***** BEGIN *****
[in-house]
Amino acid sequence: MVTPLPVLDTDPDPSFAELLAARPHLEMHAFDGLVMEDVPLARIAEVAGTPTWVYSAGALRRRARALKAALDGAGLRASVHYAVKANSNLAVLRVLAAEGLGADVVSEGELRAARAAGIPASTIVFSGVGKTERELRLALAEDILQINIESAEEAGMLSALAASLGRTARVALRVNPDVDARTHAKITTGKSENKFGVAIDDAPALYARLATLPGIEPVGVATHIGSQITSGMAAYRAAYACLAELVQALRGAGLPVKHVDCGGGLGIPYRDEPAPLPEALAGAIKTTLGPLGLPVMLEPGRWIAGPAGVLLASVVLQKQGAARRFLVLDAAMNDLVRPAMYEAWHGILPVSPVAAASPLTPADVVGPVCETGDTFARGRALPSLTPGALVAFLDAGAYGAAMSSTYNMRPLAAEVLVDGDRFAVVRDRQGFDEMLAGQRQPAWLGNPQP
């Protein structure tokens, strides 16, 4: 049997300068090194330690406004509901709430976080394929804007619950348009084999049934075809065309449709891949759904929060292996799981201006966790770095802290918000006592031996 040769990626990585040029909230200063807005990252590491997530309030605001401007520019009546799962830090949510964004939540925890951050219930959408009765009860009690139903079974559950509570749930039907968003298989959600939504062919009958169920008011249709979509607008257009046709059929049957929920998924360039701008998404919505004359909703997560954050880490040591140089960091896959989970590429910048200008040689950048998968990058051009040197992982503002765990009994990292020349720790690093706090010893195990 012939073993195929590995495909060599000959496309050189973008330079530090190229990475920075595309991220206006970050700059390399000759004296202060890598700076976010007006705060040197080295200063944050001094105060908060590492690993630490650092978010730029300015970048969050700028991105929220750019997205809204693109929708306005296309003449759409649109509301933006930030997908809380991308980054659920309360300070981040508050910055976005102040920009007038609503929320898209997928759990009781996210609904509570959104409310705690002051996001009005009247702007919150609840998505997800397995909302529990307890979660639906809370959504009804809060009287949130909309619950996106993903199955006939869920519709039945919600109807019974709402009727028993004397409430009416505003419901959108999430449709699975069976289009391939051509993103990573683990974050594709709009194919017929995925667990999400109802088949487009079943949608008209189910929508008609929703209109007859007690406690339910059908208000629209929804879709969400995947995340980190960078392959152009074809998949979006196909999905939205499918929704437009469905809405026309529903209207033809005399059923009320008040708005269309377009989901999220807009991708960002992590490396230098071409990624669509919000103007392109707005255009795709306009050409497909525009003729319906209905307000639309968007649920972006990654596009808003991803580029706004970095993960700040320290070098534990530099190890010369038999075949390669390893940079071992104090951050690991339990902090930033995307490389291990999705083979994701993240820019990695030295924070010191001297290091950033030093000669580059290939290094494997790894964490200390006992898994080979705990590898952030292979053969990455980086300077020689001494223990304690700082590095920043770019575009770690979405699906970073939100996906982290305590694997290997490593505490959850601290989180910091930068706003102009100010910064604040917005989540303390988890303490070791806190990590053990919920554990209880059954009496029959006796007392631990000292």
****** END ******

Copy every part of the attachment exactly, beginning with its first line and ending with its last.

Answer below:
[in-house]
Amino acid sequence: MVTPLPVLDTDPDPSFAELLAARPHLEMHAFDGLVMEDVPLARIAEVAGTPTWVYSAGALRRRARALKAALDGAGLRASVHYAVKANSNLAVLRVLAAEGLGADVVSEGELRAARAAGIPASTIVFSGVGKTERELRLALAEDILQINIESAEEAGMLSALAASLGRTARVALRVNPDVDARTHAKITTGKSENKFGVAIDDAPALYARLATLPGIEPVGVATHIGSQITSGMAAYRAAYACLAELVQALRGAGLPVKHVDCGGGLGIPYRDEPAPLPEALAGAIKTTLGPLGLPVMLEPGRWIAGPAGVLLASVVLQKQGAARRFLVLDAAMNDLVRPAMYEAWHGILPVSPVAAASPLTPADVVGPVCETGDTFARGRALPSLTPGALVAFLDAGAYGAAMSSTYNMRPLAAEVLVDGDRFAVVRDRQGFDEMLAGQRQPAWLGNPQP
């Protein structure tokens, strides 16, 4: 049997300068090194330690406004509901709430976080394929804007619950348009084999049934075809065309449709891949759904929060292996799981201006966790770095802290918000006592031996 040769990626990585040029909230200063807005990252590491997530309030605001401007520019009546799962830090949510964004939540925890951050219930959408009765009860009690139903079974559950509570749930039907968003298989959600939504062919009958169920008011249709979509607008257009046709059929049957929920998924360039701008998404919505004359909703997560954050880490040591140089960091896959989970590429910048200008040689950048998968990058051009040197992982503002765990009994990292020349720790690093706090010893195990 012939073993195929590995495909060599000959496309050189973008330079530090190229990475920075595309991220206006970050700059390399000759004296202060890598700076976010007006705060040197080295200063944050001094105060908060590492690993630490650092978010730029300015970048969050700028991105929220750019997205809204693109929708306005296309003449759409649109509301933006930030997908809380991308980054659920309360300070981040508050910055976005102040920009007038609503929320898209997928759990009781996210609904509570959104409310705690002051996001009005009247702007919150609840998505997800397995909302529990307890979660639906809370959504009804809060009287949130909309619950996106993903199955006939869920519709039945919600109807019974709402009727028993004397409430009416505003419901959108999430449709699975069976289009391939051509993103990573683990974050594709709009194919017929995925667990999400109802088949487009079943949608008209189910929508008609929703209109007859007690406690339910059908208000629209929804879709969400995947995340980190960078392959152009074809998949979006196909999905939205499918929704437009469905809405026309529903209207033809005399059923009320008040708005269309377009989901999220807009991708960002992590490396230098071409990624669509919000103007392109707005255009795709306009050409497909525009003729319906209905307000639309968007649920972006990654596009808003991803580029706004970095993960700040320290070098534990530099190890010369038999075949390669390893940079071992104090951050690991339990902090930033995307490389291990999705083979994701993240820019990695030295924070010191001297290091950033030093000669580059290939290094494997790894964490200390006992898994080979705990590898952030292979053969990455980086300077020689001494223990304690700082590095920043770019575009770690979405699906970073939100996906982290305590694997290997490593505490959850601290989180910091930068706003102009100010910064604040917005989540303390988890303490070791806190990590053990919920554990209880059954009496029959006796007392631990000292």